A £2.3 billion loans scheme to support struggling carmakers has failed to help a single employer, a Commons inquiry has warned.
The influential Business and Enterprise Select Committee slammed the Government over its management of the Automotive Assistance Programme, which was launched with great fanfare in January.
Lord Mandelson, the Business Secretary, said up to £2.3 billion in loans or credit guarantees would be made available to vehicle manufacturers, after they warned it had become impossible to obtain loans because of the banking crisis.
But officials admitted in July that no money had been provided. And asked how many loans or loan guarantees had been issued, Ian Gregory, the civil servant overseeing the programme told a Commons inquiry: “It’s a round number - it’s none.”
And a new report reveals that even now, no firms have received funding.
The Business and Enterprise Committee said it was “deeply concerned” that not a single loan or loan guarantee has been made under the programme.
Chairman Peter Luff (Con Mid Worcestershire) said: “When it was announced in January it represented a genuine opportunity to help the automotive industry. But it is now December and not a single loan or loan guarantee has been made.
“The scheme seems to have been a wasted opportunity to support this important manufacturing sector during the recession. It is up to the Government to prove us wrong, but they must ensure that funds are released to companies very quickly.
“It is late in the day for this to happen, so the Government must act soon.”
The Government insisted that talks were still taking place with businesses which might benefit from the scheme.
A spokesperson for the Department of Business, Innovation and Skills said: “It is important to understand that the Automotive Assistance Programme is about long-term investment projects, rather than short-term rescue. We have to work at the pace demanded by the companies and also have to consider the best interests of the taxpayer.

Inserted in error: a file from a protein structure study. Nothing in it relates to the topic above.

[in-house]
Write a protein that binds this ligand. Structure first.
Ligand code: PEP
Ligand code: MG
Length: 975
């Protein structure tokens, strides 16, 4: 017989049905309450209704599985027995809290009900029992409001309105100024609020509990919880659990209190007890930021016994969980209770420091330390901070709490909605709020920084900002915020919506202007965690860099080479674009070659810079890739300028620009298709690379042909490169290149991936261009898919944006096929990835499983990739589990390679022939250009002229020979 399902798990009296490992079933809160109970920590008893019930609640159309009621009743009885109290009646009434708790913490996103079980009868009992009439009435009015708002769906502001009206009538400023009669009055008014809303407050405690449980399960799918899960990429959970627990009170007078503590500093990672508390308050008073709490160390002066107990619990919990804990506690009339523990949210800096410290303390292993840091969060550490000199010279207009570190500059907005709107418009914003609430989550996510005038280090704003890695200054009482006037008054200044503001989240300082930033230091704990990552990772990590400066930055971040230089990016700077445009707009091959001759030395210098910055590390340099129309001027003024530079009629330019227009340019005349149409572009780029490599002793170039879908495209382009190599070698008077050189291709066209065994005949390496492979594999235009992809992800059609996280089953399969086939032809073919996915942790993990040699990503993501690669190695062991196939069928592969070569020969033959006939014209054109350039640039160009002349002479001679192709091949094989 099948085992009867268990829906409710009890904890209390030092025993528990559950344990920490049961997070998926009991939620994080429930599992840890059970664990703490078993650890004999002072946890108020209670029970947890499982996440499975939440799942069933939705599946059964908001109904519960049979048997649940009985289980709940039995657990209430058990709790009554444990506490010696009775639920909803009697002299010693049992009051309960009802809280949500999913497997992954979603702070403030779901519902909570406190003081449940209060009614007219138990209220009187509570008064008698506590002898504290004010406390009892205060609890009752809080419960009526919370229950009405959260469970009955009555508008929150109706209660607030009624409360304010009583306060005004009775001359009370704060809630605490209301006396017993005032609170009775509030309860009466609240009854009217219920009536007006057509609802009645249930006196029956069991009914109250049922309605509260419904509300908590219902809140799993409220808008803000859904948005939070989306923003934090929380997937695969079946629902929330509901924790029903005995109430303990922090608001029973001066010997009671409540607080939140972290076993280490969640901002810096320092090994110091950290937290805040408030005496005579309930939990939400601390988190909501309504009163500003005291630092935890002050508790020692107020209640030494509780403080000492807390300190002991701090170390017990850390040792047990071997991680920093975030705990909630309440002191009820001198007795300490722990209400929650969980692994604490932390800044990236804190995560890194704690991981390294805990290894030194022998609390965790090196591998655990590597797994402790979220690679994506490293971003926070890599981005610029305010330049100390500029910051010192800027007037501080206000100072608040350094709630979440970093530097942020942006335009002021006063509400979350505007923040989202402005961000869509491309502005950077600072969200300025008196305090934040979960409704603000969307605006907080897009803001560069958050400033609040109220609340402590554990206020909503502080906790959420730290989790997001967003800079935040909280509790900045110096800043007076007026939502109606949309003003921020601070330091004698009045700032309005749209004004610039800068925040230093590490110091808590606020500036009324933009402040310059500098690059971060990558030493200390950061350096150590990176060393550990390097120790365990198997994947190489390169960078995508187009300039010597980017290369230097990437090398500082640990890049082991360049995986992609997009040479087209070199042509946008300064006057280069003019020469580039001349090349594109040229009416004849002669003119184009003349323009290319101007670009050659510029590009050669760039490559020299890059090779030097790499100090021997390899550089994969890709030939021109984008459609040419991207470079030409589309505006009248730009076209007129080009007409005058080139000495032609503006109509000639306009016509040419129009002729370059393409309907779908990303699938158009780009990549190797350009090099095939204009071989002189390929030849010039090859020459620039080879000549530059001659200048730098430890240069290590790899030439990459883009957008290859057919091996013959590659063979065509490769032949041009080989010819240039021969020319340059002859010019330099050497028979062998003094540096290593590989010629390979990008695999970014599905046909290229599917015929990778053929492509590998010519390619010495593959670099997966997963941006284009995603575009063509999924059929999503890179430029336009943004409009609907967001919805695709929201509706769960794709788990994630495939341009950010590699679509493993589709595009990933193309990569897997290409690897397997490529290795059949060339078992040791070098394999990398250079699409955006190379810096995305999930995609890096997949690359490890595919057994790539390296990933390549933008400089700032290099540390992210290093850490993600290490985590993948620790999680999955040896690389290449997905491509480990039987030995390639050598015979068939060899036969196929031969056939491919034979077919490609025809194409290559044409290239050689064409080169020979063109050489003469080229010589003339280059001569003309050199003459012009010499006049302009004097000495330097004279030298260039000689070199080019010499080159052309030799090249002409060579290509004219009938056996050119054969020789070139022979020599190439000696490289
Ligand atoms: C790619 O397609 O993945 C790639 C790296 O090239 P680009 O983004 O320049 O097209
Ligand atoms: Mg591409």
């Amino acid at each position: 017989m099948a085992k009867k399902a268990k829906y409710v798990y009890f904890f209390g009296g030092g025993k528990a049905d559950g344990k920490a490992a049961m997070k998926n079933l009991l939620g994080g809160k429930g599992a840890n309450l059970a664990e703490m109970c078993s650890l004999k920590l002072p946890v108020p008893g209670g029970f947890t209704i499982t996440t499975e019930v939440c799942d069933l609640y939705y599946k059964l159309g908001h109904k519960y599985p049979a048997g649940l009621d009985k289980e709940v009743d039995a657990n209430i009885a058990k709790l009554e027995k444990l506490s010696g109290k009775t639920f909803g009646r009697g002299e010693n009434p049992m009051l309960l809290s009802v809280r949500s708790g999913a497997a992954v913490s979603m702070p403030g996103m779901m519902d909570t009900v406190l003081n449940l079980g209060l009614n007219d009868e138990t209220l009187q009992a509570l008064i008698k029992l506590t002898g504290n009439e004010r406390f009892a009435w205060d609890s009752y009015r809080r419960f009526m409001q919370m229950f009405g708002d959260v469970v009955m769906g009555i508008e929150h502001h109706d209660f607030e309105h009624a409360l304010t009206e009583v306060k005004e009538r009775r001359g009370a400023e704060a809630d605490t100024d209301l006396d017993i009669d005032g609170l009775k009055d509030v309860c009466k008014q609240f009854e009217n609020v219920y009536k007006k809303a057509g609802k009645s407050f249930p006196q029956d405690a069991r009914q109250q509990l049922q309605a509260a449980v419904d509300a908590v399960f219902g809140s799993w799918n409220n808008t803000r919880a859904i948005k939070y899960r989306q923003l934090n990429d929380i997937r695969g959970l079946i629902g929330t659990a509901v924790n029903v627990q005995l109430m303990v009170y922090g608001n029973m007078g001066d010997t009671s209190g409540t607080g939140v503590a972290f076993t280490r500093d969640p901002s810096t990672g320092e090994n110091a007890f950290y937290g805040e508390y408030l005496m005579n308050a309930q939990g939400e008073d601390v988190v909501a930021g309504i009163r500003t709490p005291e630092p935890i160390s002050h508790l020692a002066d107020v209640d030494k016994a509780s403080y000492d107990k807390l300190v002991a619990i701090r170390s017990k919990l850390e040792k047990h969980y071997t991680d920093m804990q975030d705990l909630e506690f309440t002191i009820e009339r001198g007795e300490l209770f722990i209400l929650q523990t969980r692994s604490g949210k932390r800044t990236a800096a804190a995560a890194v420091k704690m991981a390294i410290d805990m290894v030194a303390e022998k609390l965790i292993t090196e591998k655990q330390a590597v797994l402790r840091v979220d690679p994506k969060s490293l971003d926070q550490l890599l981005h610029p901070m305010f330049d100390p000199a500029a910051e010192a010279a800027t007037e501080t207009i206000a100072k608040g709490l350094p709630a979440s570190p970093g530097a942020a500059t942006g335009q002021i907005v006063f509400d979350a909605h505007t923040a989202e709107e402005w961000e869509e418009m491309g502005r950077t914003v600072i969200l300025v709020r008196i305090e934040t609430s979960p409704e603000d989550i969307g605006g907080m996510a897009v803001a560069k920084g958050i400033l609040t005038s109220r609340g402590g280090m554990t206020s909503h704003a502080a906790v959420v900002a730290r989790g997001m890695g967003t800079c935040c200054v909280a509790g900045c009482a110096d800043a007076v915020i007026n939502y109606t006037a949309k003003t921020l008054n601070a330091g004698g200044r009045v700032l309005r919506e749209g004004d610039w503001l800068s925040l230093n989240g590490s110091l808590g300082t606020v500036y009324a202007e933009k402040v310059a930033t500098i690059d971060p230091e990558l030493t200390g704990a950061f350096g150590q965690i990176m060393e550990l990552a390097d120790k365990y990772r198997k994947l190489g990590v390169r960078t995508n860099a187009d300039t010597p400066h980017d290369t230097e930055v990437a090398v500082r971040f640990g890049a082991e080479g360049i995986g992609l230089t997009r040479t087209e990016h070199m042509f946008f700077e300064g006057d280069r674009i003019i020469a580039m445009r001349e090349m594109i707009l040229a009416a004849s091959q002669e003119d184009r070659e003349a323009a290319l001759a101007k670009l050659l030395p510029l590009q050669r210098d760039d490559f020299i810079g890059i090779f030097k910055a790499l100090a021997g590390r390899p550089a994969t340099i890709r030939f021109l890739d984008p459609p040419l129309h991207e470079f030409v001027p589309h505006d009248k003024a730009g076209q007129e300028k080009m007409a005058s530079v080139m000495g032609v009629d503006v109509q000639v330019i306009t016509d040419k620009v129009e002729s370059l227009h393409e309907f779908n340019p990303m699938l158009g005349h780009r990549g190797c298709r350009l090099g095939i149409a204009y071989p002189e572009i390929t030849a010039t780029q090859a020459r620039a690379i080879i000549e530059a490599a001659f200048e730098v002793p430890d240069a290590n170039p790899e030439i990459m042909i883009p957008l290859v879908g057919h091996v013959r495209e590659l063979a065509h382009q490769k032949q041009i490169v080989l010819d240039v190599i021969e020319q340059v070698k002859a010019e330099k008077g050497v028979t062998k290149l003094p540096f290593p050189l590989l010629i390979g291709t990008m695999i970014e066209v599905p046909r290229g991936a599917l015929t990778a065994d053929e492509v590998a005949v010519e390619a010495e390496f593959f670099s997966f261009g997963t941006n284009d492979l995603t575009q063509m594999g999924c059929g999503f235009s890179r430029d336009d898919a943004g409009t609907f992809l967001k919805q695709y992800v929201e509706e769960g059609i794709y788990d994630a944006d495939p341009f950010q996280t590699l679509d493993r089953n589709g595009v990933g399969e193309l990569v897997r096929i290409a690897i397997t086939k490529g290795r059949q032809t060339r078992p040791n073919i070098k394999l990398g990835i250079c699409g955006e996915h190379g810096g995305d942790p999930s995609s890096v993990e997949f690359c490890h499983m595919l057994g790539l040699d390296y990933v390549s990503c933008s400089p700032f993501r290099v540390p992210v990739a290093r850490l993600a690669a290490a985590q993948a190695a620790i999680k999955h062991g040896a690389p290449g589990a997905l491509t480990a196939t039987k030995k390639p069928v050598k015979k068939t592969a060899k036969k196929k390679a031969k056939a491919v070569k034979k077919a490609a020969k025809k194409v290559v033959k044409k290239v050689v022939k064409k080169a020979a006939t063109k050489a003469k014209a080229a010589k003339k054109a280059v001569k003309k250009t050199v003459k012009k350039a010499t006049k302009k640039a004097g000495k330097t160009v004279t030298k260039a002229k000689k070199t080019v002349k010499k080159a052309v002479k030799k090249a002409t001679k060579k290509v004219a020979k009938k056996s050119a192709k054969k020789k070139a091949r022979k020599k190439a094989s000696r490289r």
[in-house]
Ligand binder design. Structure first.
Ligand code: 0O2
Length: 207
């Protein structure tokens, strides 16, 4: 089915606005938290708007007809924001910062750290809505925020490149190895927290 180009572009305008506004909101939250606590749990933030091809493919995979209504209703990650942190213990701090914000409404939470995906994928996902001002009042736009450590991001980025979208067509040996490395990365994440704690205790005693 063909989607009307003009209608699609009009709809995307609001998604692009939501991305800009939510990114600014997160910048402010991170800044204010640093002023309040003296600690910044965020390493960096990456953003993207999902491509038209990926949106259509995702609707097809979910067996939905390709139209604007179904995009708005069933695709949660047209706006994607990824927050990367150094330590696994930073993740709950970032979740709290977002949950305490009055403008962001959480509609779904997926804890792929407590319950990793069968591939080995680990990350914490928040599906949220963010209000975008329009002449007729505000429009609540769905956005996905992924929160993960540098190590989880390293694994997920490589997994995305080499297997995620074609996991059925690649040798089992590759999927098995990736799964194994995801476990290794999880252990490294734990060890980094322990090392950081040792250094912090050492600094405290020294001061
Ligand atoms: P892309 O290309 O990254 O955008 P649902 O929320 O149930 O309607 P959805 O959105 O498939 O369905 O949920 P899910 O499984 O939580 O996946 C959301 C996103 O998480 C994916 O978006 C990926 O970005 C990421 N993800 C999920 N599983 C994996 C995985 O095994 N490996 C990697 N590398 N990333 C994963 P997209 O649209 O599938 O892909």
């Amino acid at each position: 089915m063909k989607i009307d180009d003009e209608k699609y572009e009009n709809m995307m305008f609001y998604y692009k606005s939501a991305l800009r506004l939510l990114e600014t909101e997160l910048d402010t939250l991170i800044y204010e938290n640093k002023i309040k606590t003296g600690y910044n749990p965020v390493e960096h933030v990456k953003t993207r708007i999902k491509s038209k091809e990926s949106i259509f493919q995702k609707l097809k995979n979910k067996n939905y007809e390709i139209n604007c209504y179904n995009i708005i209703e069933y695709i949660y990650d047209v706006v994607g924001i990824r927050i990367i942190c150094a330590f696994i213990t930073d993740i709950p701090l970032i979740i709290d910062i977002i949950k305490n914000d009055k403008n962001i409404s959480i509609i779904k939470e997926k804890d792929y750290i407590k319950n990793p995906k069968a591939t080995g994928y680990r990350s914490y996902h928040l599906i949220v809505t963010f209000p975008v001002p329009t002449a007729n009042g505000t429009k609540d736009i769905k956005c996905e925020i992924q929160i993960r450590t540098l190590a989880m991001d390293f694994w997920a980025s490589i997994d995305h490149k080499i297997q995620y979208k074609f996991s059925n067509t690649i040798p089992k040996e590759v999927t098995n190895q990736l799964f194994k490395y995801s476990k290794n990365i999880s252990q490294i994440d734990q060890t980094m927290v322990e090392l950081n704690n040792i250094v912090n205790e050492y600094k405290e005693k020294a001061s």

“Following direct contact with more than 90 companies we are now working on detailed plans with some ten companies as part of the Automotive Assistance Programme on projects worth around £2 billion.
“As always, when taxpayers’ money is at stake we must ensure that we are offering the right support to the right companies. And as we have seen with Jaguar Land Rover, some companies are able to secure funding from other sources, which is good news for both the industry and the taxpayer.”
Midlands-based carmaker Jaguar Land Rover has been involved in tortuous negotiations with ministers over the scheme, and there appeared to be a breakthrough earlier this year when the Government announced it had agreed guarantees allowing JLR to borrow £340 million from the European bank.
But the deal fell through, amid claims that Ministers had imposed tough conditions which Jaguar’s Indian owners Tata could not accept, such as the right to choose JLR’s chairman and have a seat on the board.
JLR has announced it is planning to close one of its plants, which are in Birmingham, Solihull and Merseyside. It has said this will not mean any net job losses.
High-profile casualties of the recession have included Birmingham vanmaker LDV, which closed with the loss of 800 jobs.
The report also welcomes the creation of the new Department for Business, Innovation and Skills, which was formed by merging the old business and enterprise department and the department for innovation, universities and skills.